“I just needed a break from boxing,” he said. “I didn't even want to be near the gym, nothing. I was sick of it. I've been doing this since I was 12.”
At the end of 2018, though, he admits that the itch kicked in. Early in 2019, he reached out to the Sheer Sports management team and told him that he wanted back in.
“I didn't want to get old and be that old guy saying, I could have done this, I could have done that. I didn't want to live with the regret,” said Haro, who saw another fight last August fall through. This time, though, Haro pressed on, determined to get one more shot at making life in the ring work.
In February, Utah’s Haro made the trip to the Big Punch Arena in Tijuana, decisioning Genaro Velarde Rodriguez in his first fight in nearly three years. It was quite the experience.
“I would never probably want to fight in Tijuana again,” he laughs. “It was something I never experienced before. The fighter I was supposed to fight was a different guy and when we were getting ready in the dressing room, my opponent was in the same dressing room I was. So when I was getting my hands wrapped up, he was getting his hands wrapped and we were right next to each other. I felt like it was my first fight ever.”
“I'm glad I went and experienced it, but it was weird.”
It should be a lot better for the 33-year-old when he travels to Los Angeles for an IBF international featherweight title fight against Mark Magsayo on September 23. Airing on FOX Sports 1, it’s the kind of fight that will immediately put Haro back on the map should he hand the Filipino prospect his first pro defeat.
“I'm excited,” said Haro. “Coming into boxing, I feel like every professional fighter's number one goal is to become world champion. That's my goal. When I heard about this fight, I said yes right away because I know what's at stake. I'm obviously gonna give it my all and hopefully come out victorious and add another story to my book.”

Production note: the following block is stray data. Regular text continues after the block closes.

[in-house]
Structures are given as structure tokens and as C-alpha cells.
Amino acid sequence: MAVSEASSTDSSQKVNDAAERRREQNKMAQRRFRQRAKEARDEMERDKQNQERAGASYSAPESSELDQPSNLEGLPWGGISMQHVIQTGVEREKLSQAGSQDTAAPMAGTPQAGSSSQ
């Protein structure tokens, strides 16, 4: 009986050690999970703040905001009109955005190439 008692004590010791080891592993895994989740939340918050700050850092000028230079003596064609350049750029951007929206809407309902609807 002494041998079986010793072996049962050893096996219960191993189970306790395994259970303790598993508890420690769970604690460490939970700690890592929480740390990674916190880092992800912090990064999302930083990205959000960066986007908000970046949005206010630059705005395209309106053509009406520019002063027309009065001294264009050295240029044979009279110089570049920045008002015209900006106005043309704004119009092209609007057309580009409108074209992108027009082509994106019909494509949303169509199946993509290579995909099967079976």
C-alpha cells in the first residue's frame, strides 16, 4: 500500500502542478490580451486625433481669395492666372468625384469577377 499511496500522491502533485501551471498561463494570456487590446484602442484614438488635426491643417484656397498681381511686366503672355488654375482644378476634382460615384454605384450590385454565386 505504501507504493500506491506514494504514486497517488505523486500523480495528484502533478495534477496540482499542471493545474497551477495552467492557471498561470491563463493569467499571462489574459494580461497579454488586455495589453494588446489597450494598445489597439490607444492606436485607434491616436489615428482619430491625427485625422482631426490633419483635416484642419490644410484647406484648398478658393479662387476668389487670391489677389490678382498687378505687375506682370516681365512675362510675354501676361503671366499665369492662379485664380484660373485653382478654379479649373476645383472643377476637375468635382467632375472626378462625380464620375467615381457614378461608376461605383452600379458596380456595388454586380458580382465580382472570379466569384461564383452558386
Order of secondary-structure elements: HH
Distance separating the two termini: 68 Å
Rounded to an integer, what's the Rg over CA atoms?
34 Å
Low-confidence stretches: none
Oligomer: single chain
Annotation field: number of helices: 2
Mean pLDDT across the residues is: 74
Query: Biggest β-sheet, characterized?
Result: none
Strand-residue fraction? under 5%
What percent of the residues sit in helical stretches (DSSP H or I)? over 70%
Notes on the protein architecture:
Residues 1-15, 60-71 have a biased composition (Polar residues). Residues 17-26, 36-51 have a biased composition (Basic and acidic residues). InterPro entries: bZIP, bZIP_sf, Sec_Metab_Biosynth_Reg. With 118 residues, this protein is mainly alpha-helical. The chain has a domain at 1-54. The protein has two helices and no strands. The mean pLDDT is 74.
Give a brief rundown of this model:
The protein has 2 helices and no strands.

It’s going to be some book. The Haros will welcome a seventh child, a girl, into the world this November, and dad will have plenty of stories to tell her about his time in the ring, even if his older children don’t understand why he continues to fight.
“My kids don't want me to fight no more,” he said. “They tell me all the time, ‘I don't understand why you gotta fight, dad. You don't need to prove anything.’”
He knows that. He also has that something in his chest that all fighters do, that hope that when it’s just him and his opponent between the ropes, he can control his own destiny and it can take him to where he wants to go. The kids won’t understand that. Most people who don’t fight won’t understand it, either. But Jose Haro gets it, and that’s all that matters. As for September 23, he’s showing up to win. What happens after that, nobody knows, but he’s already accepted that.
“I feel like I've been at the short end of the stick with boxing, so I don't really expect much from boxing,” he said. “If I win, I'm gonna be grateful and happy. If it doesn't go my way, I'll still be grateful. I'll be like, you know what? I had a great career. It didn't go my way, but at least I'm walking away from the sport with my health and I can just enjoy life.”